Background. In February, 2008, Largo engaged BDO to provide tax services as more specifically described in the terms set forth in a master agreement to provide tax services. Largo had been a client of BDO for twenty-six years and typically entered into a written agreement with BDO for accounting and related services in January of each year. For most of the prior twenty-six years, the BDO partner providing accounting services to Largo was Wiley M. Osborne, a certified public accountant since 1974. Purcell was one of the BDO employees assigned to work with Osborne on the Largo account. Osborne retired from BDO in 2006 and his successor on the Largo account was Russo.
During the previous years, BDO's annual fees, excepting special items, were approximately $55,000. However, the bill by BDO to Largo for the work by Russo and Purcell was in excess of $70,000.
Discussion. We review the allowance of a motion to dismiss to determine whether facts alleged in the complaint raise a right to relief above the speculative level, on the assumption that all the allegations of the complaint are true. Bell Atl. Corp. v. Twombly, 550 U.S. 544, 555-556 (2007); Iannacchino v. Ford Motor Co., 451 Mass. 623 , 636 (2008).
1. Claims against BDO. Largo contends that by suing Russo in his capacity as a BDO partner, it has made BDO a party to the action. That contention is based upon its argument that a limited liability partnership is a form of general partnership that
must be sued through the naming of at least one general partner. We disagree.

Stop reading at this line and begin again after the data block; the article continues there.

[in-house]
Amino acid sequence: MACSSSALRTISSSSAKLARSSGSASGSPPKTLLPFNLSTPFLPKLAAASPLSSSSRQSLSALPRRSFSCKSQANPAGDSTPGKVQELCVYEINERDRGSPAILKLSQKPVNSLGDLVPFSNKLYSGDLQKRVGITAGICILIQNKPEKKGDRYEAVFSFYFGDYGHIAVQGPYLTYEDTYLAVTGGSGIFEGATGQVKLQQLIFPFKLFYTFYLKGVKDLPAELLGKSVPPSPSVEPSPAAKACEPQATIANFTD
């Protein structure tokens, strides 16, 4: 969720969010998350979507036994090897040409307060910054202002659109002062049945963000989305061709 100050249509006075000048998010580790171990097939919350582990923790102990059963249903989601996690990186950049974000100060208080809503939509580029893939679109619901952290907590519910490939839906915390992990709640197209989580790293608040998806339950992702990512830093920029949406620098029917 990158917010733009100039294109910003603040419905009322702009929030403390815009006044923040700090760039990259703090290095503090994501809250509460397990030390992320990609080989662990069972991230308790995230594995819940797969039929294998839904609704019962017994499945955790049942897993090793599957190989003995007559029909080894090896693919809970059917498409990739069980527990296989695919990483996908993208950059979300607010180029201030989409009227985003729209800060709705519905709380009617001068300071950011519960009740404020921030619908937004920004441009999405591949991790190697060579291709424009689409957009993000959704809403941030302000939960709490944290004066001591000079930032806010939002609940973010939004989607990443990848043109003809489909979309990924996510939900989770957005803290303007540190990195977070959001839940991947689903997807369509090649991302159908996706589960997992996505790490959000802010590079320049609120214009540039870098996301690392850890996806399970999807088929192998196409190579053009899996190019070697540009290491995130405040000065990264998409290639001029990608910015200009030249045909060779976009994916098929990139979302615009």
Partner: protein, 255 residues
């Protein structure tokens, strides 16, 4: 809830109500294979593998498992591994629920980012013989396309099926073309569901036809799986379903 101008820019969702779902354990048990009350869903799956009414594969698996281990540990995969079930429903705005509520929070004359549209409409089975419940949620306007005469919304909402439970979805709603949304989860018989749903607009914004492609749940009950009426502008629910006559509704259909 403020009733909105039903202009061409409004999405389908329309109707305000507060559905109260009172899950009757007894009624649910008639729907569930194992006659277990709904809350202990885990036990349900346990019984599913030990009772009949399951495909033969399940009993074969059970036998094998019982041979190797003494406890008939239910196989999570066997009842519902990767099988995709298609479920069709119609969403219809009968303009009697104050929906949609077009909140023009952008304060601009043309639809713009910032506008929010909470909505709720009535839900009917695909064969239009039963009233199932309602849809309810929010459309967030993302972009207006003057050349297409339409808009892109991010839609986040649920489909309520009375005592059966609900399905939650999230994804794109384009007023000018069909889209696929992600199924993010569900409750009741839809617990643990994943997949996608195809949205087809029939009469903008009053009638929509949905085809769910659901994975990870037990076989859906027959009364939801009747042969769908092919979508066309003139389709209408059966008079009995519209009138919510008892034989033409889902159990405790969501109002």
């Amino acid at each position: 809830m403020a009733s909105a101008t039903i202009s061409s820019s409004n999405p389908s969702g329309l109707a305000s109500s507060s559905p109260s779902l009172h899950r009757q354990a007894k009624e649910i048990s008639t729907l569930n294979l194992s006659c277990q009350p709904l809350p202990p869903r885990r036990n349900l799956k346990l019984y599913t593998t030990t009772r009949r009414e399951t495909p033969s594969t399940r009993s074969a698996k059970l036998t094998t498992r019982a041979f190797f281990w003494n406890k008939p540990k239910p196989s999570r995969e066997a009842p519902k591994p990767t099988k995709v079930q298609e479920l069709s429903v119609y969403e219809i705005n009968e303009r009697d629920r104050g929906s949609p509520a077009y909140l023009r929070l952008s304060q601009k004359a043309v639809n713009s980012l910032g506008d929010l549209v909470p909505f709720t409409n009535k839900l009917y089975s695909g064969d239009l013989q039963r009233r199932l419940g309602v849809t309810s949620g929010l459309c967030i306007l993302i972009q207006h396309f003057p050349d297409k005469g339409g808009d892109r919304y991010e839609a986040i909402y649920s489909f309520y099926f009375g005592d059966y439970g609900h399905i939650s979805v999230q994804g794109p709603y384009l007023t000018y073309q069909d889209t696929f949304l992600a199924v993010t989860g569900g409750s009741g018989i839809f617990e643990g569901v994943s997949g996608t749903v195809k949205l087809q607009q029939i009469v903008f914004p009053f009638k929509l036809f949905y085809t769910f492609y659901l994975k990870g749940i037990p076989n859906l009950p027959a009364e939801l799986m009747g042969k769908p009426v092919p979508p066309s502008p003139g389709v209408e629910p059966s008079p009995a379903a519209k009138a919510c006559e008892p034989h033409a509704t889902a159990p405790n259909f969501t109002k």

There are three forms of partnerships in Massachusetts, each governed by different statutory provisions, and each fundamentally different. A general partnership is merely "an association of two or more persons to carry on as co- owners a business for profit." G. L. c. 108A, § 6. "It is a private consensual arrangement with no notice of that arrangement to the world as in the case of limited partnerships and corporations. Under the provisions of G. L. c. 108A, § 25, '[a] partner is co-owner with his partners of specific partnership property holding as a tenant in partnership.' This is a codification of the common law rule that a general partner does not have the separate right to 'a specific partnership asset.' Thus to reach all the assets of a business being conducted as a general partnership, under the common law and under c. 108A, it is necessary to sue all the partners." Fusco v. Rocky Mountain I Invs. Ltd. Partnership, 42 Mass. App. Ct. 441 , 447 (1997) (citations omitted).